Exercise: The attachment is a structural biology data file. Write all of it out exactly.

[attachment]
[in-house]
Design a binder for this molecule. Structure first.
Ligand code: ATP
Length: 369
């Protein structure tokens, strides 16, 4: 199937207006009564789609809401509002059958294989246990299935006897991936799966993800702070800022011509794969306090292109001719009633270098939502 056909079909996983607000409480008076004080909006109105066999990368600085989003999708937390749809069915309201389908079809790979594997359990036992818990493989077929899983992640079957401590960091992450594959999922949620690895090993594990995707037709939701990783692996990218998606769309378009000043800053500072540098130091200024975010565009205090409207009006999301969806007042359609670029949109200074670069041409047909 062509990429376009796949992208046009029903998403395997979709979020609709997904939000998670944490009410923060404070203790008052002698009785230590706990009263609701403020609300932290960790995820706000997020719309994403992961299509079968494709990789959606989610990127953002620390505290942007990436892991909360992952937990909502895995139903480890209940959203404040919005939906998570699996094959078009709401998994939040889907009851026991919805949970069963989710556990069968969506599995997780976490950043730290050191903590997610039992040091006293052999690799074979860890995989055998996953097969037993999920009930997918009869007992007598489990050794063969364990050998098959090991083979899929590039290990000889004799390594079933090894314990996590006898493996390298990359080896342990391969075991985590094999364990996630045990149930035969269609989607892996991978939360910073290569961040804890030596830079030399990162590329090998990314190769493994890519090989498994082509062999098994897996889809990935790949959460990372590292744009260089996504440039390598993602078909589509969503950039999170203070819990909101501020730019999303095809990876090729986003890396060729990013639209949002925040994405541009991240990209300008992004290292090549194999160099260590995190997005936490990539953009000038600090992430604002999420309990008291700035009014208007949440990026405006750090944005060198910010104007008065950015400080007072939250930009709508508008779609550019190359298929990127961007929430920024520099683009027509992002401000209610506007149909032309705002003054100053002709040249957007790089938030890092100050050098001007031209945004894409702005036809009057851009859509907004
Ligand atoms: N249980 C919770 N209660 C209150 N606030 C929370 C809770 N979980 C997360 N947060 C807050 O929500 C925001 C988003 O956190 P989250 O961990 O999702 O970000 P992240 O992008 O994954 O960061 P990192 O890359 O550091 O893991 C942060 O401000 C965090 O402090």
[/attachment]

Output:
[in-house]
Design a binder for this molecule. Structure first.
Ligand code: ATP
Length: 369
């Protein structure tokens, strides 16, 4: 199937207006009564789609809401509002059958294989246990299935006897991936799966993800702070800022011509794969306090292109001719009633270098939502 056909079909996983607000409480008076004080909006109105066999990368600085989003999708937390749809069915309201389908079809790979594997359990036992818990493989077929899983992640079957401590960091992450594959999922949620690895090993594990995707037709939701990783692996990218998606769309378009000043800053500072540098130091200024975010565009205090409207009006999301969806007042359609670029949109200074670069041409047909 062509990429376009796949992208046009029903998403395997979709979020609709997904939000998670944490009410923060404070203790008052002698009785230590706990009263609701403020609300932290960790995820706000997020719309994403992961299509079968494709990789959606989610990127953002620390505290942007990436892991909360992952937990909502895995139903480890209940959203404040919005939906998570699996094959078009709401998994939040889907009851026991919805949970069963989710556990069968969506599995997780976490950043730290050191903590997610039992040091006293052999690799074979860890995989055998996953097969037993999920009930997918009869007992007598489990050794063969364990050998098959090991083979899929590039290990000889004799390594079933090894314990996590006898493996390298990359080896342990391969075991985590094999364990996630045990149930035969269609989607892996991978939360910073290569961040804890030596830079030399990162590329090998990314190769493994890519090989498994082509062999098994897996889809990935790949959460990372590292744009260089996504440039390598993602078909589509969503950039999170203070819990909101501020730019999303095809990876090729986003890396060729990013639209949002925040994405541009991240990209300008992004290292090549194999160099260590995190997005936490990539953009000038600090992430604002999420309990008291700035009014208007949440990026405006750090944005060198910010104007008065950015400080007072939250930009709508508008779609550019190359298929990127961007929430920024520099683009027509992002401000209610506007149909032309705002003054100053002709040249957007790089938030890092100050050098001007031209945004894409702005036809009057851009859509907004
Ligand atoms: N249980 C919770 N209660 C209150 N606030 C929370 C809770 N979980 C997360 N947060 C807050 O929500 C925001 C988003 O956190 P989250 O961990 O999702 O970000 P992240 O992008 O994954 O960061 P990192 O890359 O550091 O893991 C942060 O401000 C965090 O402090």